This year, I’ve been thinking not only about giving something up, but about helping someone else carry their load.
For the last six weeks I’ve been writing about singleness. I’ve been asking questions like, Why is it hard to be single? What unique opportunities does singleness provide? How can friends, family and church communities better understand their single friends?
As I’ve explored these questions, I’ve come to believe that one of the reasons why singleness is problematic is because we frame it in two ways that are vastly unhelpful.
First, some people approach singleness with sass, as if singleness is a license for unbridled hedonism. If you’re not attached to anyone, why not play the field, spend your discretionary income on whatever you want, and take advantage of not having to commit to anything or anyone?
Second, others approach singleness with sadness, taking a woe-is-me attitude, focusing on how unfair it is that other people get to be married while single people are left out like the cheese that stands alone at the end of Farmer in the Dell.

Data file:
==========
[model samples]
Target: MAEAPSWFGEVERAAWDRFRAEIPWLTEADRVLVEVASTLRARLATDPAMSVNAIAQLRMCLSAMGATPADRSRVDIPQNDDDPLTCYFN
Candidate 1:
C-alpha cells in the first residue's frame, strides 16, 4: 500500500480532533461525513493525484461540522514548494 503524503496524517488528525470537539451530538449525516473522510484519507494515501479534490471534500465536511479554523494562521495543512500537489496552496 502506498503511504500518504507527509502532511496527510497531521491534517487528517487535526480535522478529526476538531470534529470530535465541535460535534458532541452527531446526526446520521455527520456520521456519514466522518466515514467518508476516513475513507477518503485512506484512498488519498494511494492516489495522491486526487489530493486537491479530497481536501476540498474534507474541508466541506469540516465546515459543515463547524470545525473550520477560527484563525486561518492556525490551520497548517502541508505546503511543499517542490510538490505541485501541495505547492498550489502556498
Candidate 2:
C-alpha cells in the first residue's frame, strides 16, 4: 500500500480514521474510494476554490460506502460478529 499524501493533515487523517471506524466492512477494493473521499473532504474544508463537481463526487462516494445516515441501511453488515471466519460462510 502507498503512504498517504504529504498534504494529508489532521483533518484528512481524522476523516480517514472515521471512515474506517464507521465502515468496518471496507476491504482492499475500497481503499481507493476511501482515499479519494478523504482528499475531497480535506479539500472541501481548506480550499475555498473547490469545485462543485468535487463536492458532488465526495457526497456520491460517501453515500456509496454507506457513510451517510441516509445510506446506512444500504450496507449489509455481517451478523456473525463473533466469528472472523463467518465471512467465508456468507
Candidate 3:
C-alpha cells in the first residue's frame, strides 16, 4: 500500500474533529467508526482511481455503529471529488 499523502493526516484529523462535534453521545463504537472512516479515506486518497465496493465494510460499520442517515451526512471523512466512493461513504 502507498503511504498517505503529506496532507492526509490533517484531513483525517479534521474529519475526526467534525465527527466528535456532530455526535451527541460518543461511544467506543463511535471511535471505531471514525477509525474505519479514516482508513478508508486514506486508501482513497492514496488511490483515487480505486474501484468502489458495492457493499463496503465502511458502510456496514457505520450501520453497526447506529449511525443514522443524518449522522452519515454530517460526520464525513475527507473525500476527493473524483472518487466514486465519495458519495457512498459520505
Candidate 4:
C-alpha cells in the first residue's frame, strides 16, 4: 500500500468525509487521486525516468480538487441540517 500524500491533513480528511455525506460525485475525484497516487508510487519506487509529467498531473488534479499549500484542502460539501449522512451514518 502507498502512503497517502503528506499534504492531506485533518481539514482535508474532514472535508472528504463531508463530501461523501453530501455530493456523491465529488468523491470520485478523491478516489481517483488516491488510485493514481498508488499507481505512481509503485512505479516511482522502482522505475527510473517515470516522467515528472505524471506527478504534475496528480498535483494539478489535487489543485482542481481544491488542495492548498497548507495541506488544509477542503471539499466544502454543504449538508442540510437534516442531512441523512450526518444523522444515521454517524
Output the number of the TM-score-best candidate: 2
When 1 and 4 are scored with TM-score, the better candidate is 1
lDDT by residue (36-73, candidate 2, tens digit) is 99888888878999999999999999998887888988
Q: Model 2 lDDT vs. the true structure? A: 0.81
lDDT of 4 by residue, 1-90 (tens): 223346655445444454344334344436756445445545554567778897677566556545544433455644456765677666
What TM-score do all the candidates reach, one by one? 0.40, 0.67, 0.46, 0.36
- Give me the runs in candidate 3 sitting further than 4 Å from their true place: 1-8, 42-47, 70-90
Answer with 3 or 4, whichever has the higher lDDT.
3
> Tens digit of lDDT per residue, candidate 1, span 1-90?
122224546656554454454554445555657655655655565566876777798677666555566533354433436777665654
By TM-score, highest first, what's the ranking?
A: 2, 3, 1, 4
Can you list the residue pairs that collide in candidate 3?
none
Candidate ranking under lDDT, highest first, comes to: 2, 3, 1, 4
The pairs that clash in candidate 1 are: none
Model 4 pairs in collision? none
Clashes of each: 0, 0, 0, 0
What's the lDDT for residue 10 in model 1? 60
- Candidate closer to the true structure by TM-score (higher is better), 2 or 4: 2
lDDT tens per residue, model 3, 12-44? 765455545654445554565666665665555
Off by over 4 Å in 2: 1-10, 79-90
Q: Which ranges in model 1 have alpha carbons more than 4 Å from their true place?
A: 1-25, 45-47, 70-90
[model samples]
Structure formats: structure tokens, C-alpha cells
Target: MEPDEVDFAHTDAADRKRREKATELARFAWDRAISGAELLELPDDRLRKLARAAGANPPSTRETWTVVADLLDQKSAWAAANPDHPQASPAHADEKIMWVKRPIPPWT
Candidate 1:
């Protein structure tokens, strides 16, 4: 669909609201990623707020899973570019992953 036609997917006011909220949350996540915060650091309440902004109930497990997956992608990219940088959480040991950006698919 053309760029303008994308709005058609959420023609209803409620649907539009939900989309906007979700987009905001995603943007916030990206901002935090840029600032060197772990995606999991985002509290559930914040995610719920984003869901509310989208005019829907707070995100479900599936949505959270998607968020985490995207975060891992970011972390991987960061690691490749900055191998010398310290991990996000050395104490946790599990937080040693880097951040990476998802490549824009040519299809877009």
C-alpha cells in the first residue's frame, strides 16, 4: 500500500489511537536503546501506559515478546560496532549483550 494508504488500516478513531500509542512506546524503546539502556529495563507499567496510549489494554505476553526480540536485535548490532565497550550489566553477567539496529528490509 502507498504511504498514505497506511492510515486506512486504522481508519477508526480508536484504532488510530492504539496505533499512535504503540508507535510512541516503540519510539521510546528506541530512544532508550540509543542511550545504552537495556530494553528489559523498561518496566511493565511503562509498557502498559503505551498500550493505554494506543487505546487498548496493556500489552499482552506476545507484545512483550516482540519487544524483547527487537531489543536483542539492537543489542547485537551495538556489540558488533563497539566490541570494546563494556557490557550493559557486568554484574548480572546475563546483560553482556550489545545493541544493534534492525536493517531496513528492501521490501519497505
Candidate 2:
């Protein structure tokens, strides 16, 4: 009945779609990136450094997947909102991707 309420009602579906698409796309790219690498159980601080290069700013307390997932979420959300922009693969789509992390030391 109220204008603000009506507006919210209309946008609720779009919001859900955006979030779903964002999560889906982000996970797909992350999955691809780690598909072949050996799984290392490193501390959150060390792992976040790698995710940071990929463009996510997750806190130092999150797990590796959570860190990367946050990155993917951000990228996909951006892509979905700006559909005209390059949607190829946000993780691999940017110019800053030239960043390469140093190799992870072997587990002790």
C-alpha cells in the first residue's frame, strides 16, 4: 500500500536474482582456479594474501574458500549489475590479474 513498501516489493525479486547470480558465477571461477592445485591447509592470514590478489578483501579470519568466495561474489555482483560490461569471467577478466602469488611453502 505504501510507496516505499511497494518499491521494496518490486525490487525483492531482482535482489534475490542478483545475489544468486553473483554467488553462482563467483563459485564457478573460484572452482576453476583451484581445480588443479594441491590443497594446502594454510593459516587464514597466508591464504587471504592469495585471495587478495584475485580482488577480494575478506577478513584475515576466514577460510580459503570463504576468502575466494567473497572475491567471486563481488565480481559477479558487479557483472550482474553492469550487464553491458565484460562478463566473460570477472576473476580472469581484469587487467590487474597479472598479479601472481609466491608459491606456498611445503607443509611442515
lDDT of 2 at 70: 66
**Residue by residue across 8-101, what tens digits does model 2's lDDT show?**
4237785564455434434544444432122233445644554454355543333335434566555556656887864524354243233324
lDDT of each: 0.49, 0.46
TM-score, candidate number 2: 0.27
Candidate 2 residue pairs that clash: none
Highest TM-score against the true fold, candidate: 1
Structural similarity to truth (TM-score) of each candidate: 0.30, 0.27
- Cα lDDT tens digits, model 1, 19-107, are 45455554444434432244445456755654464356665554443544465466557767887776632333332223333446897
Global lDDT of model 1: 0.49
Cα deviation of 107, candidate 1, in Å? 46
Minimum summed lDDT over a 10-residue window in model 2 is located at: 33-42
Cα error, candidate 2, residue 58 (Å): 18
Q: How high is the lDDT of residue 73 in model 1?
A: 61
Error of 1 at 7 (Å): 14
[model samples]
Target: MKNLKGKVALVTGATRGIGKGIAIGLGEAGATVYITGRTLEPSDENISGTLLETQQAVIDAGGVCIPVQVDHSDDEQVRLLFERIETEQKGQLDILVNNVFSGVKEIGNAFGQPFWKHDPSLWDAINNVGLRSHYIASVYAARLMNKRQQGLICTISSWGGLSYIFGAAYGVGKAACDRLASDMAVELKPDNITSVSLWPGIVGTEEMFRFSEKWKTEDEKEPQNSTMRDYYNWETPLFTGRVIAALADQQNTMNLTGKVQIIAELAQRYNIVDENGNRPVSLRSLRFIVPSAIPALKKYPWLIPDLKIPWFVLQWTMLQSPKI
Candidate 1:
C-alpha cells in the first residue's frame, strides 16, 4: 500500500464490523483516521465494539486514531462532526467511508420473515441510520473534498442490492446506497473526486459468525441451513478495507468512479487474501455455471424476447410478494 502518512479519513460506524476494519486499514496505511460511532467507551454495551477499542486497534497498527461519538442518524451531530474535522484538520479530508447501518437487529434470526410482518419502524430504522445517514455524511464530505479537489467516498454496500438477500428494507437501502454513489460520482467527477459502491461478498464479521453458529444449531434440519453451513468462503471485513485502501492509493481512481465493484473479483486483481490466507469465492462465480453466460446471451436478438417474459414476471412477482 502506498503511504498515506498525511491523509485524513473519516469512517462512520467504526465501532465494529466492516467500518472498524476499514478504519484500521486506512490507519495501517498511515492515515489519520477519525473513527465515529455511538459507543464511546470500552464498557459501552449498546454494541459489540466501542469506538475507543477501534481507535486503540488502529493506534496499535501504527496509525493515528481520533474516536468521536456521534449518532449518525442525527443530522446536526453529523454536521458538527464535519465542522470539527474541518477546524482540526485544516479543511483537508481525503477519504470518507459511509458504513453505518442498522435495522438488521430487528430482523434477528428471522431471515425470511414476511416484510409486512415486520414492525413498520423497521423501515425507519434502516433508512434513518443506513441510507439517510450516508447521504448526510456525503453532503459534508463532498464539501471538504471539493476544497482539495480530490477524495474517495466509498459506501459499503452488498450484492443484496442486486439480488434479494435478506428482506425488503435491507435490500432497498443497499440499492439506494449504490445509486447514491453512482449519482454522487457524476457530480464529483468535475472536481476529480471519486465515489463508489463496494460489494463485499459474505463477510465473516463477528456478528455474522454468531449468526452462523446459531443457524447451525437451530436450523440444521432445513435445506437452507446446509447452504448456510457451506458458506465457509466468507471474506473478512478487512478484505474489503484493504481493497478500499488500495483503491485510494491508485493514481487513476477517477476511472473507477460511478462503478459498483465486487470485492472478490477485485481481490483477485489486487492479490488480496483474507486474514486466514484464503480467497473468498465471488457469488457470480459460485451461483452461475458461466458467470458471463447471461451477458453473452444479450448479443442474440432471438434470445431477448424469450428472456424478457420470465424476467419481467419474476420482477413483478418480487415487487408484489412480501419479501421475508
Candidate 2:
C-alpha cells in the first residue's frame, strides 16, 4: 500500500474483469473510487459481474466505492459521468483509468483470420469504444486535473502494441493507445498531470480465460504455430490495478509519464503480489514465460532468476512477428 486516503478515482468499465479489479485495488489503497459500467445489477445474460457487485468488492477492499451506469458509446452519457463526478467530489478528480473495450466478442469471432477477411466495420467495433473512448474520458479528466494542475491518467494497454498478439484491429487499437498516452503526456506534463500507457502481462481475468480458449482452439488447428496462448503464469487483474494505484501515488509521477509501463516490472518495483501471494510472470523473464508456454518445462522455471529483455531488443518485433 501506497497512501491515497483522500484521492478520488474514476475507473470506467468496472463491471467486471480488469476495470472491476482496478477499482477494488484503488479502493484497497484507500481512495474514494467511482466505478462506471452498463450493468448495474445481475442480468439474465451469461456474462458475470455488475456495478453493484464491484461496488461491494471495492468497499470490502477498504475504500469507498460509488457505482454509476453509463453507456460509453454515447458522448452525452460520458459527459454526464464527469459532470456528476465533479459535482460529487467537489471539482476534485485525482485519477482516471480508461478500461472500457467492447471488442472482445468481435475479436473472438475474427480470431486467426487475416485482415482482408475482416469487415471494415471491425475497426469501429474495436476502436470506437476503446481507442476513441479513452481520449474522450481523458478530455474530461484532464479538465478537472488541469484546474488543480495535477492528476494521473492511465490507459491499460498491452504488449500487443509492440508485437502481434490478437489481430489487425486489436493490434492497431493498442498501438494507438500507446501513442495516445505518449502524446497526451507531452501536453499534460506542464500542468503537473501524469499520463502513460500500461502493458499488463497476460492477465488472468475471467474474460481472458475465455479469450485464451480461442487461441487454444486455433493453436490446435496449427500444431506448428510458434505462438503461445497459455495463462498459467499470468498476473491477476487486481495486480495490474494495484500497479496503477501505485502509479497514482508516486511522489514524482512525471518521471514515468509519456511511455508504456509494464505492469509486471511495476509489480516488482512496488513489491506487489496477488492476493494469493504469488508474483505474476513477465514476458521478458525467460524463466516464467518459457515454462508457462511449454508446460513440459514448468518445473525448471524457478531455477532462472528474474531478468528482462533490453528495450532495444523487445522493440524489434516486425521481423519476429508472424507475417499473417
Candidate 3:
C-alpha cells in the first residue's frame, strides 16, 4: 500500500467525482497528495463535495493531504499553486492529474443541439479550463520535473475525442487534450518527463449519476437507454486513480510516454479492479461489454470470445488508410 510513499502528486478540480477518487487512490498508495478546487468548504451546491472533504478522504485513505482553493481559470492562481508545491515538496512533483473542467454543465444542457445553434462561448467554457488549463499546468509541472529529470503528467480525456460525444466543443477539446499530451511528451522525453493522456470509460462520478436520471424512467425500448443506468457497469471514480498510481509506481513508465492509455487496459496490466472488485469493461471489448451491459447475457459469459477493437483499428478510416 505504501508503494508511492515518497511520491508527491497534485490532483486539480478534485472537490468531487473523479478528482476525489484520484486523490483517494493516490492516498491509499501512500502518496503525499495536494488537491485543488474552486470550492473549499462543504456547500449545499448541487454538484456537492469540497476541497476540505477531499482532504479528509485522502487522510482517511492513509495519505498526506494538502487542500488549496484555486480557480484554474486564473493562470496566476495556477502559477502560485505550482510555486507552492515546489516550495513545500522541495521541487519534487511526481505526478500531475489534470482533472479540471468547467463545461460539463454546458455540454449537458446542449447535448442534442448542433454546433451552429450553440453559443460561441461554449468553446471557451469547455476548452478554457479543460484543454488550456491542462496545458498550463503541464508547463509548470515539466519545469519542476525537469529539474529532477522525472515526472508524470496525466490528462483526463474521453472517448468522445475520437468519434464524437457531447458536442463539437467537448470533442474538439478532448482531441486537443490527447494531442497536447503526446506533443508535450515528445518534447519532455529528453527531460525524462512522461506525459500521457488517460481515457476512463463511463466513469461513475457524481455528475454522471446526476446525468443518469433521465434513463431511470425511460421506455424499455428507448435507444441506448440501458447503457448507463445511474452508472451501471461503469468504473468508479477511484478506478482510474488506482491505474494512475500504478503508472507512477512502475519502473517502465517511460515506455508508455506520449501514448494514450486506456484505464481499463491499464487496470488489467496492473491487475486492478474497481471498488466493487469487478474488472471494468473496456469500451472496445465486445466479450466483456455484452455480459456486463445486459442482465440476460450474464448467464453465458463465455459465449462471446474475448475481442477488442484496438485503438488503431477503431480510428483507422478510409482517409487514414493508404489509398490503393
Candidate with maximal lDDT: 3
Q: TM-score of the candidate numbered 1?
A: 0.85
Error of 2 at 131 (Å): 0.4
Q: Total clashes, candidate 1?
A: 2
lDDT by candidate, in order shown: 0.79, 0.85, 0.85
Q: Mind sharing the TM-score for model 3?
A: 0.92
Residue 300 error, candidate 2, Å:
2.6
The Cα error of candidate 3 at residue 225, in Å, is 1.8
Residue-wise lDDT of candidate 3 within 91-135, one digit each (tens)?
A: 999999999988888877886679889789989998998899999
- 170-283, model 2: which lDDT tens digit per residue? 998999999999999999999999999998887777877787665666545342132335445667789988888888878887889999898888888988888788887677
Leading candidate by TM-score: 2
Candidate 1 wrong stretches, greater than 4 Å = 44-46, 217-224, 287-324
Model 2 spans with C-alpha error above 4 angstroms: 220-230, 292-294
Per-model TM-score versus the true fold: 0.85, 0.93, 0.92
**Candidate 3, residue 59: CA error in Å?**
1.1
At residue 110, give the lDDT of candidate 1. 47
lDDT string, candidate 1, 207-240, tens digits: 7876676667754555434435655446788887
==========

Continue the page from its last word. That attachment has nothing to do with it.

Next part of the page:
Both the sassy and the sad approaches are problematic for the same reason: they are egocentric, focused on what you have (or don’t have), what you need and what you want.
Valentine’s Day is named after Saint Valentine, who was martyred in 270 A.D. for refusing to renounce his faith.
How we came to celebrate a day named after him by giving chocolate and lingerie, I will never understand. Honestly, it seems a little sacrilegious. But here we are, T-minus 2 days until Valentine’s Day.
If hearing those words just made your heart sink, this piece is for you.
It’s for you, the woman whose husband never remembers the day until you remind him.
It’s for you, the person who just went through a painful break-up, who is nauseated by the sight of couples in love.
It’s for you, the woman whose boyfriend has lots of good qualities — but buying creative presents is not one of them. So you’ll be getting blue carnations and a cheesy card. Again. For the third year in a row.
It’s for you, the single person who hasn’t had a date on Valentine’s Day in years.
It’s for anyone who feels left out, discouraged, rejected, overlooked, abandoned or neglected.
Why does the day make some of us (maybe most of us?) feel so badly about ourselves?
Because we’ve come to use the day as a litmus test to evalulate our worth. We ask ourselves these two questions: Am I romantically loved by someone? And if so, how much?
Then we assign ourselves value depending on the answers.